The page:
Billing Errors Public utility workers under attack

General Secretary of the Public Utility Workers Union, Michael Nyantakyi, says the attack has been intense following a confirmation of the anomaly by the Public Utility Regulation Commission.

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Public utility workers have come under a wave of attacks from the general public over anomalous electricity bills.

Deputy General Secretary of the Public Utility Workers Union, Michael Nyantakyi, says the attack has been intense following a confirmation of the anomalies by the Public Utility Regulation Commission.

“The people come direct to the office, they talk, they abuse the staff and there are two instances like that,” he said on Joy FM.

Nyantakyi said in the Kade area, “they [community members] chased our people, some with even machete and then recently at Adjei Kojo in Ashaiman, our people where physically assaulted.”

According to him, people make “direct references” to PURC’s statement which said consumers of electricity are being overbilled.

The PURC last month directed the Electricity Company of Ghana to suspend the implementation of the current billing software “until further notice.”

According to a statement from the PURC and copied to, the directive has been "necessitated by Complaints which it has received from consumers of Electricity regarding issues of overbilling."

Customers who use the post-paid meters say they are being overcharged after the new tariff implementation.

"The Commission after a thorough investigation into the matter through our Monitoring Exercise which culminated into visits to specific areas and also interrogation of bills which were presented to consumers by the Electricity Company of Ghana, came to the conclusion that there was an anomaly in the initial implementation of the new billing software," a statement signed by Nana Yaa Jantuah, director of Public Relations and External Affairs of PURC added.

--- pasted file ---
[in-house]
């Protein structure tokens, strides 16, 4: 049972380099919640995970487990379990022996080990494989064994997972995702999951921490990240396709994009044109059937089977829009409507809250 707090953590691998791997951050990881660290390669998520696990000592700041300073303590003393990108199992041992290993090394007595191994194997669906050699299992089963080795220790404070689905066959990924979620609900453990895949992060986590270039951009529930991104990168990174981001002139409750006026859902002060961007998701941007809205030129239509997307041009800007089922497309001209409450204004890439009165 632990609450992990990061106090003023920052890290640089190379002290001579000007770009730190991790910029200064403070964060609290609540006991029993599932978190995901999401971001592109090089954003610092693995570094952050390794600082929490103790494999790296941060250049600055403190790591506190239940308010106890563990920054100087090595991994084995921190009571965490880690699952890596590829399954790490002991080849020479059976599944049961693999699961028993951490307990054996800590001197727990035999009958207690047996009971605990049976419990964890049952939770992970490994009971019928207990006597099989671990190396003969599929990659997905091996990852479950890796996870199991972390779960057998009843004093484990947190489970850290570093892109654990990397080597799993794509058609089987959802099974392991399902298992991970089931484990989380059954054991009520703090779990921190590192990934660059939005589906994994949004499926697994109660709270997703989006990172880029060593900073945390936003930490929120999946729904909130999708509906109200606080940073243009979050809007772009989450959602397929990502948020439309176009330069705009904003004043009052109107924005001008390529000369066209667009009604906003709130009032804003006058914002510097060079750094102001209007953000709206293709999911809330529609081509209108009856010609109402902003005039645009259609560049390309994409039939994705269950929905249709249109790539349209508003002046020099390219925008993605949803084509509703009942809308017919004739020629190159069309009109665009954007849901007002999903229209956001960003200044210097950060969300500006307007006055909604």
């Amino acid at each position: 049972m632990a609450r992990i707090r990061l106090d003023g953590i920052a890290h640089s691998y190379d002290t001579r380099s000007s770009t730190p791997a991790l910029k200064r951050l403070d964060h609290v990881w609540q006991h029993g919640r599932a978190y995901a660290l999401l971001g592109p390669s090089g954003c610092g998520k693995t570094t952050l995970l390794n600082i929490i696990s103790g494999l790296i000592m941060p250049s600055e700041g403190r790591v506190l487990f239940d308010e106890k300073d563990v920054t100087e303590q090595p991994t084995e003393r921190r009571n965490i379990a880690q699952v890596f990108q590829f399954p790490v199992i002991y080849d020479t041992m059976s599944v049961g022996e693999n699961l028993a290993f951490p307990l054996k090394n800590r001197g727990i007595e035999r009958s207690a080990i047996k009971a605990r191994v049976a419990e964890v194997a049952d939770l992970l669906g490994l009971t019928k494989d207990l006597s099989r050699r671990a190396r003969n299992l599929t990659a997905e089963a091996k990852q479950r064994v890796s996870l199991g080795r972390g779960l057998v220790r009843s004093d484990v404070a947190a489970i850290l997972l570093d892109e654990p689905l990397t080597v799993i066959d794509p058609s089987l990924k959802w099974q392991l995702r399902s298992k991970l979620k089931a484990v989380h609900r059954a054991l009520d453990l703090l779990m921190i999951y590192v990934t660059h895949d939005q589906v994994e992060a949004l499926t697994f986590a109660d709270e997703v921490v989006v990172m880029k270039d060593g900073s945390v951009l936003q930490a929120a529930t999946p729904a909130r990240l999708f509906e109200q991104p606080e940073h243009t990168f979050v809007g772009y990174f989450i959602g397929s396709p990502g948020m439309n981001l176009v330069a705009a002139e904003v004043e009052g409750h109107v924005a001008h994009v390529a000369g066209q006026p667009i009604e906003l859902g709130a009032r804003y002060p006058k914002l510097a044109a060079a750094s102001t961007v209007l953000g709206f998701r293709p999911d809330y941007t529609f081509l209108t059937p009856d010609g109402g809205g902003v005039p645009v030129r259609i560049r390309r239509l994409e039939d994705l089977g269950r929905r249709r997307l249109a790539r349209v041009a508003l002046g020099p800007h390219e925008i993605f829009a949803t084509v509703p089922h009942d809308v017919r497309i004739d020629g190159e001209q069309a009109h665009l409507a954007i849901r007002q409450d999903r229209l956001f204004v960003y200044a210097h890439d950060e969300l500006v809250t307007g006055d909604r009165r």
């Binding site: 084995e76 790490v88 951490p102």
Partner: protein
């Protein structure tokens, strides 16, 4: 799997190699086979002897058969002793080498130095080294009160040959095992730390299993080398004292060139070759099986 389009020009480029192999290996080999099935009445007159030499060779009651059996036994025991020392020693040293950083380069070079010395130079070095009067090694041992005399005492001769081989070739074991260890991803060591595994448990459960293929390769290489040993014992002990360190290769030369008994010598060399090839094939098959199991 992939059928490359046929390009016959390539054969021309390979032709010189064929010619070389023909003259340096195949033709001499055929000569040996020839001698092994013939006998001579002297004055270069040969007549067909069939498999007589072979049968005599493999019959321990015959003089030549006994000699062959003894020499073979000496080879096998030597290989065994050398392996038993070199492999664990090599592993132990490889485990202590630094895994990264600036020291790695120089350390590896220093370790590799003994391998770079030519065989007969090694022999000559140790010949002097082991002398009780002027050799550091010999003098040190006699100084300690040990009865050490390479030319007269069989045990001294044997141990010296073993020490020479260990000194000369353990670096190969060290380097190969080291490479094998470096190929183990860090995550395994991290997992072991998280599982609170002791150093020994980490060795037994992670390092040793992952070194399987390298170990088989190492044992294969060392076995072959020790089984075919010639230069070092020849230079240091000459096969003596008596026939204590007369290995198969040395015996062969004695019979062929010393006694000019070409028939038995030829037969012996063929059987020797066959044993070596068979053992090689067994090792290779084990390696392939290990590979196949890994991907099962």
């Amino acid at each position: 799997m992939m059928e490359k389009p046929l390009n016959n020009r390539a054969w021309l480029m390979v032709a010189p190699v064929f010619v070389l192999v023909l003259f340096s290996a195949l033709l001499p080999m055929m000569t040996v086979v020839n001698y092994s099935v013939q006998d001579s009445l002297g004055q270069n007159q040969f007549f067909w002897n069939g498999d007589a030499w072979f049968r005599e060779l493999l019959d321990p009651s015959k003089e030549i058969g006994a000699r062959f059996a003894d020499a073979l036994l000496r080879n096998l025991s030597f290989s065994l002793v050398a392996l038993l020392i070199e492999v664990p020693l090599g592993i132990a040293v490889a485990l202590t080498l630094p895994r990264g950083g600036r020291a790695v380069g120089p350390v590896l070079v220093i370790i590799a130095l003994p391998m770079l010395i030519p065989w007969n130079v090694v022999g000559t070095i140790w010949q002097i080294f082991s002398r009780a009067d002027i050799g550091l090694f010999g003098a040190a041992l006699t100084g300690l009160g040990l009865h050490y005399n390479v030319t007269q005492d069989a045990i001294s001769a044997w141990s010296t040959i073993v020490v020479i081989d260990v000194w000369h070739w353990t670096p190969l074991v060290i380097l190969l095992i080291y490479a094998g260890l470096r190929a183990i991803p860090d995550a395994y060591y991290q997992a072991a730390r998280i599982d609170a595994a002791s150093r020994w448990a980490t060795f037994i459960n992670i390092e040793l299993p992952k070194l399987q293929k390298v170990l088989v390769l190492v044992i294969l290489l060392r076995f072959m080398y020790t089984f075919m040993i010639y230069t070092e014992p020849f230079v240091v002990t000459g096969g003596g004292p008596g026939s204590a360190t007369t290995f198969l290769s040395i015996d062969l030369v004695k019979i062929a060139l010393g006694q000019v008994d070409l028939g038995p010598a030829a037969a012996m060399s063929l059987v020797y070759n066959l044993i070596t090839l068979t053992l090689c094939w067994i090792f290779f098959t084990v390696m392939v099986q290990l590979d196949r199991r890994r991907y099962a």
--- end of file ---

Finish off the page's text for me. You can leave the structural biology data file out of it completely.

However, PURC’s directed was described as hypocritical by the Consumer Protection Agency (CPA).

The Director of Research at CPA, Nana Prempeh Agyeman told that the directive is unfortunate considering the fact that the ECG was not consulted first hand on the matter.

He believed the issue of high tariffs has nothing to do with the software, adding that the PURC should channel its energy into ensuring that the taxes on the tariffs are reduced.

“PURC is aware of this software. PURC was part of the piloting project of this software before the implementation of the new tariff in 2015 December.

“And if the software is running and you have directed some faults or anomalies, the first point of call is ECG which is the service provider. This should have been done in house, before even you come to do it public. Once you do it in house, then you come up with a joint statement between PURC and ECG, and therefore consumers will be satisfied,” he said.

“This high tariff and billing has nothing to do with any software. It has all got to do with the tariff regime that PURC has given the ECG to implement. If you go through the tariff regime, we have almost seven taxes that have been added to this tariff regime,” Nana Prempeh added.

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